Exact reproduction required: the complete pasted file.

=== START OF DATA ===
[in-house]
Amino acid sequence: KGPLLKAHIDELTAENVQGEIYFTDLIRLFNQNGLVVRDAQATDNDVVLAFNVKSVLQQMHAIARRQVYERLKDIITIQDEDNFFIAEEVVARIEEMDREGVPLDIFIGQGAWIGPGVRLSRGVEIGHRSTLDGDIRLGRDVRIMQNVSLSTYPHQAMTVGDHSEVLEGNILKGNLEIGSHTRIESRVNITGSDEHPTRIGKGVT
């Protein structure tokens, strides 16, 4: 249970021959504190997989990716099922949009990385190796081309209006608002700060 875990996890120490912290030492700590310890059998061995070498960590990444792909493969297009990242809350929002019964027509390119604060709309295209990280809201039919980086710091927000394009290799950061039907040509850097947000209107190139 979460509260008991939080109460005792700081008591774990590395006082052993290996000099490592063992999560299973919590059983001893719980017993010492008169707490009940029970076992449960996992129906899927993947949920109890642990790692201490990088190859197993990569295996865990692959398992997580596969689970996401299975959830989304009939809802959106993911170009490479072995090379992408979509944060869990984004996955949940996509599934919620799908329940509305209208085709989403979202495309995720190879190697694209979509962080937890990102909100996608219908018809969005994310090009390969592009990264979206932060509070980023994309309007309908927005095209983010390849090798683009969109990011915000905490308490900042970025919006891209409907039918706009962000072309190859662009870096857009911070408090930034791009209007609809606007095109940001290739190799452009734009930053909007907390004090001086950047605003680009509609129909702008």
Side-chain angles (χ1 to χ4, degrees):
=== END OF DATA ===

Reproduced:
[in-house]
Amino acid sequence: KGPLLKAHIDELTAENVQGEIYFTDLIRLFNQNGLVVRDAQATDNDVVLAFNVKSVLQQMHAIARRQVYERLKDIITIQDEDNFFIAEEVVARIEEMDREGVPLDIFIGQGAWIGPGVRLSRGVEIGHRSTLDGDIRLGRDVRIMQNVSLSTYPHQAMTVGDHSEVLEGNILKGNLEIGSHTRIESRVNITGSDEHPTRIGKGVT
């Protein structure tokens, strides 16, 4: 249970021959504190997989990716099922949009990385190796081309209006608002700060 875990996890120490912290030492700590310890059998061995070498960590990444792909493969297009990242809350929002019964027509390119604060709309295209990280809201039919980086710091927000394009290799950061039907040509850097947000209107190139 979460509260008991939080109460005792700081008591774990590395006082052993290996000099490592063992999560299973919590059983001893719980017993010492008169707490009940029970076992449960996992129906899927993947949920109890642990790692201490990088190859197993990569295996865990692959398992997580596969689970996401299975959830989304009939809802959106993911170009490479072995090379992408979509944060869990984004996955949940996509599934919620799908329940509305209208085709989403979202495309995720190879190697694209979509962080937890990102909100996608219908018809969005994310090009390969592009990264979206932060509070980023994309309007309908927005095209983010390849090798683009969109990011915000905490308490900042970025919006891209409907039918706009962000072309190859662009870096857009911070408090930034791009209007609809606007095109940001290739190799452009734009930053909007907390004090001086950047605003680009509609129909702008």
Side-chain angles (χ1 to χ4, degrees):